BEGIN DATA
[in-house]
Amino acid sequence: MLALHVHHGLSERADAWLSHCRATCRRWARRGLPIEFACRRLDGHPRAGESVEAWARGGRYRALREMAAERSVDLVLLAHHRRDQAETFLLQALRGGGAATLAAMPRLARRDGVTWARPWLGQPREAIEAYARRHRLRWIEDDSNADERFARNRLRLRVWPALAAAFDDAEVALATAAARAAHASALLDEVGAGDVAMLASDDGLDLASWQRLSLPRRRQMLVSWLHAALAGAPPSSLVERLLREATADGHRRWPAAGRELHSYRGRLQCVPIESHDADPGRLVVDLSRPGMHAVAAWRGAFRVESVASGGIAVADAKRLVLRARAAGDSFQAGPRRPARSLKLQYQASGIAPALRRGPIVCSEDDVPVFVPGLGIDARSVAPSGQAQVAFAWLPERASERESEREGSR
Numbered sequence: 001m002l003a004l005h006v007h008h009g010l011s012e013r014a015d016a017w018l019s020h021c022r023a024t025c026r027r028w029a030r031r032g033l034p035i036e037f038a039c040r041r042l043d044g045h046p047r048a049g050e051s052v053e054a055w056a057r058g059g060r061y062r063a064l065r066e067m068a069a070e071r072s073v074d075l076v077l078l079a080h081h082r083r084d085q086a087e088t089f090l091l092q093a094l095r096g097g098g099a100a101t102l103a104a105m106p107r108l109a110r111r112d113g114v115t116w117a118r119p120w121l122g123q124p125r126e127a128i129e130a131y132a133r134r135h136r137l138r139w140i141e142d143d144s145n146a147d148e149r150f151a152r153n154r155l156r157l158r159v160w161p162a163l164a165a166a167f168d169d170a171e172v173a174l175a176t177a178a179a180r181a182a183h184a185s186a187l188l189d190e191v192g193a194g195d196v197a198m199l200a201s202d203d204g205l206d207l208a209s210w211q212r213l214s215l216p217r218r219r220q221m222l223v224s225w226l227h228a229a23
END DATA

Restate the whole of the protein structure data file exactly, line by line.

[in-house]
Amino acid sequence: MLALHVHHGLSERADAWLSHCRATCRRWARRGLPIEFACRRLDGHPRAGESVEAWARGGRYRALREMAAERSVDLVLLAHHRRDQAETFLLQALRGGGAATLAAMPRLARRDGVTWARPWLGQPREAIEAYARRHRLRWIEDDSNADERFARNRLRLRVWPALAAAFDDAEVALATAAARAAHASALLDEVGAGDVAMLASDDGLDLASWQRLSLPRRRQMLVSWLHAALAGAPPSSLVERLLREATADGHRRWPAAGRELHSYRGRLQCVPIESHDADPGRLVVDLSRPGMHAVAAWRGAFRVESVASGGIAVADAKRLVLRARAAGDSFQAGPRRPARSLKLQYQASGIAPALRRGPIVCSEDDVPVFVPGLGIDARSVAPSGQAQVAFAWLPERASERESEREGSR
Numbered sequence: 001m002l003a004l005h006v007h008h009g010l011s012e013r014a015d016a017w018l019s020h021c022r023a024t025c026r027r028w029a030r031r032g033l034p035i036e037f038a039c040r041r042l043d044g045h046p047r048a049g050e051s052v053e054a055w056a057r058g059g060r061y062r063a064l065r066e067m068a069a070e071r072s073v074d075l076v077l078l079a080h081h082r083r084d085q086a087e088t089f090l091l092q093a094l095r096g097g098g099a100a101t102l103a104a105m106p107r108l109a110r111r112d113g114v115t116w117a118r119p120w121l122g123q124p125r126e127a128i129e130a131y132a133r134r135h136r137l138r139w140i141e142d143d144s145n146a147d148e149r150f151a152r153n154r155l156r157l158r159v160w161p162a163l164a165a166a167f168d169d170a171e172v173a174l175a176t177a178a179a180r181a182a183h184a185s186a187l188l189d190e191v192g193a194g195d196v197a198m199l200a201s202d203d204g205l206d207l208a209s210w211q212r213l214s215l216p217r218r219r220q221m222l223v224s225w226l227h228a229a23